Gourmet - Asian Food - Dining Experience - Smart Dining
Ship Dining - Budget Dining - Cultural Dining - Australian Dining
The No-budget Filmmaker's Guide To Guerrilla Marketing
This little booklet will take no-budget filmmakers step-by step-through the process of marketing their no-budget films and getting their work seen at film festivals around the world. In this book you will learn: -What social media tools you should be using and how to use them properly -What to include on your movie/production company's website -How to get your movie reviewed for free by bloggers and websites -Why you should blog and how it will help your movie and your career as a filmmaker -Ways to boost your chances of being accepted into film festivals (without having to kill anyone) -And much, much more! This book will provide all the answers you've been looking for when it comes to social media and promoting your no-budget independent films.
My Dining Hell
'I have been a restaurant critic for over a decade, written reviews of well over 700 establishments, and if there is one thing I have learnt it is that people like reviews of bad restaurants. No, scratch that. They adore them, feast upon them like starving vultures who have spotted fly-blown carrion out in the bush.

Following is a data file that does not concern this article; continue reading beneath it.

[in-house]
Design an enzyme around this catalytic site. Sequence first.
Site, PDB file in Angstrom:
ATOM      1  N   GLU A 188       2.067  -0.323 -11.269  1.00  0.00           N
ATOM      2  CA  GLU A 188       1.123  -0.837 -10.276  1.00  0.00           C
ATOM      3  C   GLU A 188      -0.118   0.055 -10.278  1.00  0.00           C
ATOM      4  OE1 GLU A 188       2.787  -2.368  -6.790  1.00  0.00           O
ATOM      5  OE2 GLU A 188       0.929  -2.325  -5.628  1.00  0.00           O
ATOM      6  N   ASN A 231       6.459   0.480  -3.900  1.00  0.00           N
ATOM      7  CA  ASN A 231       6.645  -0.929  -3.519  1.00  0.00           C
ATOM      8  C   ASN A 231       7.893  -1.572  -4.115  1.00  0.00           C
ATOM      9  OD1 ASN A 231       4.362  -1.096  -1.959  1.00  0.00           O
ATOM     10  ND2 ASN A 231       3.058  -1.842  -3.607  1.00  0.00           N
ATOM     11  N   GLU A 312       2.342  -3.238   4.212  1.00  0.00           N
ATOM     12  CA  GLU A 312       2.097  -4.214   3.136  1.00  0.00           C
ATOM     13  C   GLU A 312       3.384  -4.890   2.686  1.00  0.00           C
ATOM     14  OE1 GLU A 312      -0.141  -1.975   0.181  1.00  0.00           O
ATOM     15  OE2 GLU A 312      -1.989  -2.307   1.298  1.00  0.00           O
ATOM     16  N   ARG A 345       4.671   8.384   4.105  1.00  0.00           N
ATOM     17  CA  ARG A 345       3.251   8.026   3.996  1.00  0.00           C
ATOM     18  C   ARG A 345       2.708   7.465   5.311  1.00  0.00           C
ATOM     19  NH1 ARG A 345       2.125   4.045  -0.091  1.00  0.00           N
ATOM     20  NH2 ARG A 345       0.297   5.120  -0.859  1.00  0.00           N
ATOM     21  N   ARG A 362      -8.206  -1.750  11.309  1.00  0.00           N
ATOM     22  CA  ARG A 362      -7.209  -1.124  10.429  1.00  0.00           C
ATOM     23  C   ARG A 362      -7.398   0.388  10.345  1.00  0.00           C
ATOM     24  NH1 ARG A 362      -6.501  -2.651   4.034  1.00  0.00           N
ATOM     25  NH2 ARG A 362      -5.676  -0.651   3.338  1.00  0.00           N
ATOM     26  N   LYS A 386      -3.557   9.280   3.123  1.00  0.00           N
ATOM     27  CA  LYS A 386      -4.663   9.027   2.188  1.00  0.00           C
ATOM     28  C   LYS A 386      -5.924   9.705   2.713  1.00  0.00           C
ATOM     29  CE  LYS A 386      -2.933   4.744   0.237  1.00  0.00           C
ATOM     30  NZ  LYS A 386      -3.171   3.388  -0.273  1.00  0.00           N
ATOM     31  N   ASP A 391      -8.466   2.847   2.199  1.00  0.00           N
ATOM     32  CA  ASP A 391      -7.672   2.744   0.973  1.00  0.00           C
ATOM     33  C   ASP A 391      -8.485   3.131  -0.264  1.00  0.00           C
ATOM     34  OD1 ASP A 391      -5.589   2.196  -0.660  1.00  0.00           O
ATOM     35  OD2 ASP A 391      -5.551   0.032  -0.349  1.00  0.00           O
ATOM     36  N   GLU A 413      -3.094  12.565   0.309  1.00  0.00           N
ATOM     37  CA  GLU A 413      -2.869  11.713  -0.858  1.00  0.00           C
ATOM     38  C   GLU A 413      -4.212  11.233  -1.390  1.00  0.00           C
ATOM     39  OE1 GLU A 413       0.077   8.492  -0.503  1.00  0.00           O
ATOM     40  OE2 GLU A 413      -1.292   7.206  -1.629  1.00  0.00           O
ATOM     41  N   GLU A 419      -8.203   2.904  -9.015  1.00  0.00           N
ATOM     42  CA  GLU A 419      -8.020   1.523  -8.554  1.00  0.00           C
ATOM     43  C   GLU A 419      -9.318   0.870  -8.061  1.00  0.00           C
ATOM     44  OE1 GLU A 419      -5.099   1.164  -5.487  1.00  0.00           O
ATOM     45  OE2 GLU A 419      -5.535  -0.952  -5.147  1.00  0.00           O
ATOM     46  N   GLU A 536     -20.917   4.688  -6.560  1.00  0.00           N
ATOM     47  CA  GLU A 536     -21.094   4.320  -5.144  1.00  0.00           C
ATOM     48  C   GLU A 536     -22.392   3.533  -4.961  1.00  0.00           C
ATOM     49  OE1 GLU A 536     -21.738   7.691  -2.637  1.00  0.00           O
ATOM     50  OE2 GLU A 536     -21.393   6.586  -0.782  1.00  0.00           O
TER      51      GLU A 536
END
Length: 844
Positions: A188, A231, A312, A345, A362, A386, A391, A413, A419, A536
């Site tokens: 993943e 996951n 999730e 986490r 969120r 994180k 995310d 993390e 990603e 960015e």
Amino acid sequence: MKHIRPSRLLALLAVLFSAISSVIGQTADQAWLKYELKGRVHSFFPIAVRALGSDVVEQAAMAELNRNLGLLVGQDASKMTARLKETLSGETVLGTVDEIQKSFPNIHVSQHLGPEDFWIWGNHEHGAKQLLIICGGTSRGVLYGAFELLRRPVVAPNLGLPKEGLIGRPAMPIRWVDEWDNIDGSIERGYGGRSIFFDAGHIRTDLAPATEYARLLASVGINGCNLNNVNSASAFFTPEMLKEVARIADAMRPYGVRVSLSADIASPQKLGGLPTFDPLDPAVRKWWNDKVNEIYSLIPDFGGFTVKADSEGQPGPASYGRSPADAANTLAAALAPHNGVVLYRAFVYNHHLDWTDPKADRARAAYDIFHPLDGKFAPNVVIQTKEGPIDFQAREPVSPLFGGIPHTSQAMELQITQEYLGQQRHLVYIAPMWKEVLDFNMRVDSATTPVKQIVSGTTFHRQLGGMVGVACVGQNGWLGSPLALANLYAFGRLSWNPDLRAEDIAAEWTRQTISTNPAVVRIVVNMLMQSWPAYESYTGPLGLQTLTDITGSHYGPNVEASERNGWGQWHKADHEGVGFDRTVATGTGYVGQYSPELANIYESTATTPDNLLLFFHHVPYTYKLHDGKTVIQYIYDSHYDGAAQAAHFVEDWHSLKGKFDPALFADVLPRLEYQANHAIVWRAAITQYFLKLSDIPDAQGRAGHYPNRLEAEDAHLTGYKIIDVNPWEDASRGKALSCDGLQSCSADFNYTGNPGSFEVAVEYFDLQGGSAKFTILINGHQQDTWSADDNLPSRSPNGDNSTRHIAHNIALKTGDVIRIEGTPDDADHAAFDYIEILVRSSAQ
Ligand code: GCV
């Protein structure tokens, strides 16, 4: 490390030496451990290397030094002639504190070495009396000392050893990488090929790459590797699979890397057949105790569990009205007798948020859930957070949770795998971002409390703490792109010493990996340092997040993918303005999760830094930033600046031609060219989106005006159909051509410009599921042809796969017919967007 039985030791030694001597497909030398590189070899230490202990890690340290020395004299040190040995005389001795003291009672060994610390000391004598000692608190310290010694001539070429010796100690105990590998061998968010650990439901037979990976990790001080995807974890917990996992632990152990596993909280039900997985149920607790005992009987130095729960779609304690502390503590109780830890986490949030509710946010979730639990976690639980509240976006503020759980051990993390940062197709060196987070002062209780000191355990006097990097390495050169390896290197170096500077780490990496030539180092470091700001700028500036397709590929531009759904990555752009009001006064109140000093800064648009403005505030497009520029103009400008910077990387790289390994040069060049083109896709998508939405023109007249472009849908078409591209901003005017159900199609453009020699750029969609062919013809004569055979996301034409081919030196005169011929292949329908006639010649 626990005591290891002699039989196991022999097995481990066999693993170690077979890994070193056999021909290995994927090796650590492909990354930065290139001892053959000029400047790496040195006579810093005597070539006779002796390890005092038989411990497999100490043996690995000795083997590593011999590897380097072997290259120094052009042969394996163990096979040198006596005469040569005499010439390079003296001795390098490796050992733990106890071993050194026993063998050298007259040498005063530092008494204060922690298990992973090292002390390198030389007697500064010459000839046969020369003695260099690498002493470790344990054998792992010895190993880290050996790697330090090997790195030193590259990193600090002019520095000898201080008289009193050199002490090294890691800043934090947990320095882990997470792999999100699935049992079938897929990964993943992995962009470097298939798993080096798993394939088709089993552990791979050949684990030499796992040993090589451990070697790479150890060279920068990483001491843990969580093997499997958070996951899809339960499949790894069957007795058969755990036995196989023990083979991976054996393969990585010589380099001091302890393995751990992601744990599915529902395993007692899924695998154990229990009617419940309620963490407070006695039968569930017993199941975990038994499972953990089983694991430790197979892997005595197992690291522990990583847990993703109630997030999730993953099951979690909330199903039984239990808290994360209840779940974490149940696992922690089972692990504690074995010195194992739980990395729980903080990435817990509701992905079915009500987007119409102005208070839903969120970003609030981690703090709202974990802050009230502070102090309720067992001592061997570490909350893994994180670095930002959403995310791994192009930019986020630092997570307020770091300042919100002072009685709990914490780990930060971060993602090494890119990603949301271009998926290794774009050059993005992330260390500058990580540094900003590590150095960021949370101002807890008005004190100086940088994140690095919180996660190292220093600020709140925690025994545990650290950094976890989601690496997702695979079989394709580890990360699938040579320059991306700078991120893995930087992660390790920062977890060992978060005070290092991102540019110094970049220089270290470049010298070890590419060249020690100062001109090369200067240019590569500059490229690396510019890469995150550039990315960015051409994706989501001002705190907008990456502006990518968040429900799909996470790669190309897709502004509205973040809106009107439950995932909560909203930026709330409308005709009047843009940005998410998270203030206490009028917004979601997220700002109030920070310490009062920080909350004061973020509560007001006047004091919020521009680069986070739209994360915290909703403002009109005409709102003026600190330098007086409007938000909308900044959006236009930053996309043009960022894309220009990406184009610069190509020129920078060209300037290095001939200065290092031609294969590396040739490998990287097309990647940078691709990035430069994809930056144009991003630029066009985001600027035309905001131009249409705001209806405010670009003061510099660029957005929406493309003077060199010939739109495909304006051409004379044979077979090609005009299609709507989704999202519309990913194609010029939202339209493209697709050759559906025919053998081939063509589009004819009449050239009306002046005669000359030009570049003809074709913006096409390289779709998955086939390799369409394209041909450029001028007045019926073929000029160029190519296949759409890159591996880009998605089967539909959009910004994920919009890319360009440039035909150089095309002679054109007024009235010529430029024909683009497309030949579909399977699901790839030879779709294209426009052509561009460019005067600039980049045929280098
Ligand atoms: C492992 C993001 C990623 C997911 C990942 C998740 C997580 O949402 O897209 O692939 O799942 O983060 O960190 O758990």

They claim otherwise, of course. Readers like to present themselves as private arbiters of taste; as people interested in the good stuff. I'm sure they are. I'm sure they really do care whether the steak was served au point as requested or whether the soufflÃ© had achieved a certain ineffable lightness. And yet, when I compare dinner to bodily fluids, the room to an S&M chamber in Neasden (only without the glamour or class), and the bill to an act of grand larceny, why, then the baying crowd is truly happy.'
About the Author
Jay Rayner is an award-winning writer, journalist and broadcaster with a fine collection of floral shirts. He has written on everything from crime and politics, through cinema and theatre to the visual arts, but is best known as restaurant critic for the Observer. For a while he was a sex columnist for Cosmopolitan; he also once got himself completely waxed in the name of journalism. He only mentions this because it hurt. Jay is a former Young Journalist of the Year, Critic of the Year and Restaurant Critic of the Year, though not all in the same year. Somehow he has also found time to write four novels and two works of non-fiction. He is a regular on British television, where he is familiar as a judge on Masterchef and the resident food expert on The One Show. He likes pig.